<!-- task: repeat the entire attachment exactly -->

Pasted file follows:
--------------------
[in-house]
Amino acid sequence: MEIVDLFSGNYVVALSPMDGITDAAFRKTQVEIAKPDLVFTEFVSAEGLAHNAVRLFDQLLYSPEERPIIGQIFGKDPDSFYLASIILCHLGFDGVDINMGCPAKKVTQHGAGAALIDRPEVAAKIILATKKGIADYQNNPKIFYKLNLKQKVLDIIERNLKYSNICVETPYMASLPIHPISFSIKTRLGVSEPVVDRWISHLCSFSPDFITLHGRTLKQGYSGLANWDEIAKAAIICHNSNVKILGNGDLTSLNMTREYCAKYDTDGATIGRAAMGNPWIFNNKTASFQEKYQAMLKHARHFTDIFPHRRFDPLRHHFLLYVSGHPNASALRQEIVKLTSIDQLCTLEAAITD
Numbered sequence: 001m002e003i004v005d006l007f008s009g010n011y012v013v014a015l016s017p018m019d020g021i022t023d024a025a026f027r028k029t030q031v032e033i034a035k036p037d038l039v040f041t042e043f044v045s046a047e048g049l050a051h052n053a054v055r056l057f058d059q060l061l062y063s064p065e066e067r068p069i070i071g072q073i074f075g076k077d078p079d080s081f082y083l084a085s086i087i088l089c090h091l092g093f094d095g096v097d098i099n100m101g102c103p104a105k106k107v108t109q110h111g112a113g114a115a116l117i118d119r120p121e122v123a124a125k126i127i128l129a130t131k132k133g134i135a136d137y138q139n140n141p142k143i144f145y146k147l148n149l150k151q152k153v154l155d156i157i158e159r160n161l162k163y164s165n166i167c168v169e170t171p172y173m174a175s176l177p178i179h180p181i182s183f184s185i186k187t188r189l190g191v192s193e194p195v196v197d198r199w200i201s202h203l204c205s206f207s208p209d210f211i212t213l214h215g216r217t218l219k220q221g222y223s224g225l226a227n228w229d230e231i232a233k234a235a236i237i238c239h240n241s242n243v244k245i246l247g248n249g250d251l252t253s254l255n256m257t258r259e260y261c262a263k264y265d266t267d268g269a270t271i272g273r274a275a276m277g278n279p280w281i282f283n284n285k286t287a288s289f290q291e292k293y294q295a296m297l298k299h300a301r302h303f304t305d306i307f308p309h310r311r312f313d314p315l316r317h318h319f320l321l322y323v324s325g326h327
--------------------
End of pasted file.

[in-house]
Amino acid sequence: MEIVDLFSGNYVVALSPMDGITDAAFRKTQVEIAKPDLVFTEFVSAEGLAHNAVRLFDQLLYSPEERPIIGQIFGKDPDSFYLASIILCHLGFDGVDINMGCPAKKVTQHGAGAALIDRPEVAAKIILATKKGIADYQNNPKIFYKLNLKQKVLDIIERNLKYSNICVETPYMASLPIHPISFSIKTRLGVSEPVVDRWISHLCSFSPDFITLHGRTLKQGYSGLANWDEIAKAAIICHNSNVKILGNGDLTSLNMTREYCAKYDTDGATIGRAAMGNPWIFNNKTASFQEKYQAMLKHARHFTDIFPHRRFDPLRHHFLLYVSGHPNASALRQEIVKLTSIDQLCTLEAAITD
Numbered sequence: 001m002e003i004v005d006l007f008s009g010n011y012v013v014a015l016s017p018m019d020g021i022t023d024a025a026f027r028k029t030q031v032e033i034a035k036p037d038l039v040f041t042e043f044v045s046a047e048g049l050a051h052n053a054v055r056l057f058d059q060l061l062y063s064p065e066e067r068p069i070i071g072q073i074f075g076k077d078p079d080s081f082y083l084a085s086i087i088l089c090h091l092g093f094d095g096v097d098i099n100m101g102c103p104a105k106k107v108t109q110h111g112a113g114a115a116l117i118d119r120p121e122v123a124a125k126i127i128l129a130t131k132k133g134i135a136d137y138q139n140n141p142k143i144f145y146k147l148n149l150k151q152k153v154l155d156i157i158e159r160n161l162k163y164s165n166i167c168v169e170t171p172y173m174a175s176l177p178i179h180p181i182s183f184s185i186k187t188r189l190g191v192s193e194p195v196v197d198r199w200i201s202h203l204c205s206f207s208p209d210f211i212t213l214h215g216r217t218l219k220q221g222y223s224g225l226a227n228w229d230e231i232a233k234a235a236i237i238c239h240n241s242n243v244k245i246l247g248n249g250d251l252t253s254l255n256m257t258r259e260y261c262a263k264y265d266t267d268g269a270t271i272g273r274a275a276m277g278n279p280w281i282f283n284n285k286t287a288s289f290q291e292k293y294q295a296m297l298k299h300a301r302h303f304t305d306i307f308p309h310r311r312f313d314p315l316r317h318h319f320l321l322y323v324s325g326h327